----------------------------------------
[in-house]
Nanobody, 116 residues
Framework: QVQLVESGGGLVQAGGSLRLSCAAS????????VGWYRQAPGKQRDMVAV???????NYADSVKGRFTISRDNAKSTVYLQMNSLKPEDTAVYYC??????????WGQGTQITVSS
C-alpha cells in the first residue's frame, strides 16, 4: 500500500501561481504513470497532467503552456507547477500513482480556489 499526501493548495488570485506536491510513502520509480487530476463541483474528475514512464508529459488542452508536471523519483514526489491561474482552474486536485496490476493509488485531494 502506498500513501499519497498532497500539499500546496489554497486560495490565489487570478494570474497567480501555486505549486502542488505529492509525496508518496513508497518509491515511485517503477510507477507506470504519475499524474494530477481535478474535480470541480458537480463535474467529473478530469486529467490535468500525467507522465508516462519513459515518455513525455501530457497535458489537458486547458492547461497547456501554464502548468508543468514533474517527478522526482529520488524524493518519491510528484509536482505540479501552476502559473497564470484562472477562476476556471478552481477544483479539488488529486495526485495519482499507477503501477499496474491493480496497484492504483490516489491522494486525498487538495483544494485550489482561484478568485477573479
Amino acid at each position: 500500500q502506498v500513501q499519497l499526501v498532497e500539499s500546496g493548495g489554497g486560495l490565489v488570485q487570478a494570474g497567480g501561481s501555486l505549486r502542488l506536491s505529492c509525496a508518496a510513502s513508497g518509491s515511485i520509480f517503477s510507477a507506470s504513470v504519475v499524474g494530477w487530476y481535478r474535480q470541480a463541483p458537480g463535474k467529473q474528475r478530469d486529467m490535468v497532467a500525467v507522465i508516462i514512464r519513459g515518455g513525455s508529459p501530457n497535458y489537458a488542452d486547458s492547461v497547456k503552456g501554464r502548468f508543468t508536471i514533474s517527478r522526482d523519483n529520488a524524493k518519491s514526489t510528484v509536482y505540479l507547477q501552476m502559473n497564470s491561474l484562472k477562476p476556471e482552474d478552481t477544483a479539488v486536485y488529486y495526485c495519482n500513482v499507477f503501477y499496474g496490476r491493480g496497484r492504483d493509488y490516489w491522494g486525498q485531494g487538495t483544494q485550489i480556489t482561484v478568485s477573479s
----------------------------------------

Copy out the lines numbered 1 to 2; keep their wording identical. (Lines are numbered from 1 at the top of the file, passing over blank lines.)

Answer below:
[in-house]
Nanobody, 116 residues